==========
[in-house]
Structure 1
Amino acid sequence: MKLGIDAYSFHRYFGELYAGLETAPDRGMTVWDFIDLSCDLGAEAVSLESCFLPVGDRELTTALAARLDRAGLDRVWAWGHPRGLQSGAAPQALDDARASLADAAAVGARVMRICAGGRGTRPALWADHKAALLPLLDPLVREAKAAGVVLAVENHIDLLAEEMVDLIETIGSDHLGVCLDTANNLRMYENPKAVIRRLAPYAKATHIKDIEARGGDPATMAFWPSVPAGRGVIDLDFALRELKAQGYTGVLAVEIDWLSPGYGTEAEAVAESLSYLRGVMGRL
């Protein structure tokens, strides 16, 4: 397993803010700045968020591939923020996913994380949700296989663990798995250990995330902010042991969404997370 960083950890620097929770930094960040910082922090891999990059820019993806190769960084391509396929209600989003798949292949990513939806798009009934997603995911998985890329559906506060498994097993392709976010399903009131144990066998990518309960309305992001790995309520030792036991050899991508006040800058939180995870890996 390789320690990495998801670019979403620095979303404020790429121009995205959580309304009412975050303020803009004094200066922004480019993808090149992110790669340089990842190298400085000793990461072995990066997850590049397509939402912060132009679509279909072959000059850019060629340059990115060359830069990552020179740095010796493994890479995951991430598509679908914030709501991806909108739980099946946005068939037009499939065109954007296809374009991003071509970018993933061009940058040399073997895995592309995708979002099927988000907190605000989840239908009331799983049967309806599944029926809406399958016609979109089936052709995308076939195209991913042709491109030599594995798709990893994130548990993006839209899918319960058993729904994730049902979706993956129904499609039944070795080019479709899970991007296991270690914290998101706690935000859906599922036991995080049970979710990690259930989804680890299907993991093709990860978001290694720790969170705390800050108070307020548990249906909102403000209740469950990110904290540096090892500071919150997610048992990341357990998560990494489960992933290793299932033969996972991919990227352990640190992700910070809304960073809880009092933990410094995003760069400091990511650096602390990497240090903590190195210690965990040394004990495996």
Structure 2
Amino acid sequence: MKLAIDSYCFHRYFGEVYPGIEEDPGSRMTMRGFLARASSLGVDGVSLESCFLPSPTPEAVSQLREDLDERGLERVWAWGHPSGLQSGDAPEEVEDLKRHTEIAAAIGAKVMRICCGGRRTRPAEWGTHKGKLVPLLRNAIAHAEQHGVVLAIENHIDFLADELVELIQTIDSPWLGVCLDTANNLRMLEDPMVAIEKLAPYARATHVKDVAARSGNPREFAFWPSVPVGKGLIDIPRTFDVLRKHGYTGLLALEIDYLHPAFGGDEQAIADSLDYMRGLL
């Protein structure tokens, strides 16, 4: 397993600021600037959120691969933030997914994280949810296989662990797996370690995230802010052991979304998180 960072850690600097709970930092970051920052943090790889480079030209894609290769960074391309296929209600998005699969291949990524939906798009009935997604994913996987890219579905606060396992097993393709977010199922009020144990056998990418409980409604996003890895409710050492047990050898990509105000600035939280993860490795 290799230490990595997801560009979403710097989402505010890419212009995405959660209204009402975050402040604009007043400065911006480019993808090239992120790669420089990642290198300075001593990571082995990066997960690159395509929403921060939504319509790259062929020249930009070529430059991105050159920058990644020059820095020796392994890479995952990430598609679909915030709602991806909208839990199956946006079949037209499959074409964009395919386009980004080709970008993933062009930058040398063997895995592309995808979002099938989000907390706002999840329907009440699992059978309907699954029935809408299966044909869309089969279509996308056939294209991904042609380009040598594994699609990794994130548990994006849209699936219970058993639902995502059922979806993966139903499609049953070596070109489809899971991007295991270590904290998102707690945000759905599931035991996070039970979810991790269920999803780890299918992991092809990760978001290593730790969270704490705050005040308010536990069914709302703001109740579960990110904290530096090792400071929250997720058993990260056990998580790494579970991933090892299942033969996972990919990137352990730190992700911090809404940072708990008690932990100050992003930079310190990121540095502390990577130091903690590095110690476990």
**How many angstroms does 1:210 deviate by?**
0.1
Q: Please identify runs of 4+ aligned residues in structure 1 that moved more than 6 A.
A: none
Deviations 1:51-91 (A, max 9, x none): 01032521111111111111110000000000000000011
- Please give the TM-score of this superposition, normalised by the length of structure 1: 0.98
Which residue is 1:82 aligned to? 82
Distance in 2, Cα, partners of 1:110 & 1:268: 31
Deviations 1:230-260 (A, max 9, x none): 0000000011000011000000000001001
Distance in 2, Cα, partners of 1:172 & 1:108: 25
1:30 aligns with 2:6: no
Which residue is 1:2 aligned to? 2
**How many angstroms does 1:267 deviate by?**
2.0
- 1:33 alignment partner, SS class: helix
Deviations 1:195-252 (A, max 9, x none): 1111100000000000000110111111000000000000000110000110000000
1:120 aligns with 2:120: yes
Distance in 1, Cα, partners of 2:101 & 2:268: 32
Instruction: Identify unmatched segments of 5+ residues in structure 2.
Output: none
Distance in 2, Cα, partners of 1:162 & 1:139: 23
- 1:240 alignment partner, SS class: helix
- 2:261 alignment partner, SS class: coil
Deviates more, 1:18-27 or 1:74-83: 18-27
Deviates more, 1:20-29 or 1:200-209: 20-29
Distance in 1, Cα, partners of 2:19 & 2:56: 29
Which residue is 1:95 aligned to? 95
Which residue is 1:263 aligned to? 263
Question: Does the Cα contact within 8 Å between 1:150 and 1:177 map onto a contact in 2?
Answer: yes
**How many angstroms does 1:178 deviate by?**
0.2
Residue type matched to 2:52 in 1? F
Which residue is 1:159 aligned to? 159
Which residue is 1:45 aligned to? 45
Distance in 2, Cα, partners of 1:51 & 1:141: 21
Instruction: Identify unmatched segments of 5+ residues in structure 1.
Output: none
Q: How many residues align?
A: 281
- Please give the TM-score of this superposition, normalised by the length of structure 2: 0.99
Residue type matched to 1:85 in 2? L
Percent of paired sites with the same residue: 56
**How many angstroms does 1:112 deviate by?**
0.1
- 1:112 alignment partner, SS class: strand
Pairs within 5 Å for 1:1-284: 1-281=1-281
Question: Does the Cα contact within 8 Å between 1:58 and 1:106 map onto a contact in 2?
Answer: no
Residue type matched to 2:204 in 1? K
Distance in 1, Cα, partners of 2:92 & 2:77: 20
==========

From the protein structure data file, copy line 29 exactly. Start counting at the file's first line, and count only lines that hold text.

- 1:240 alignment partner, SS class: helix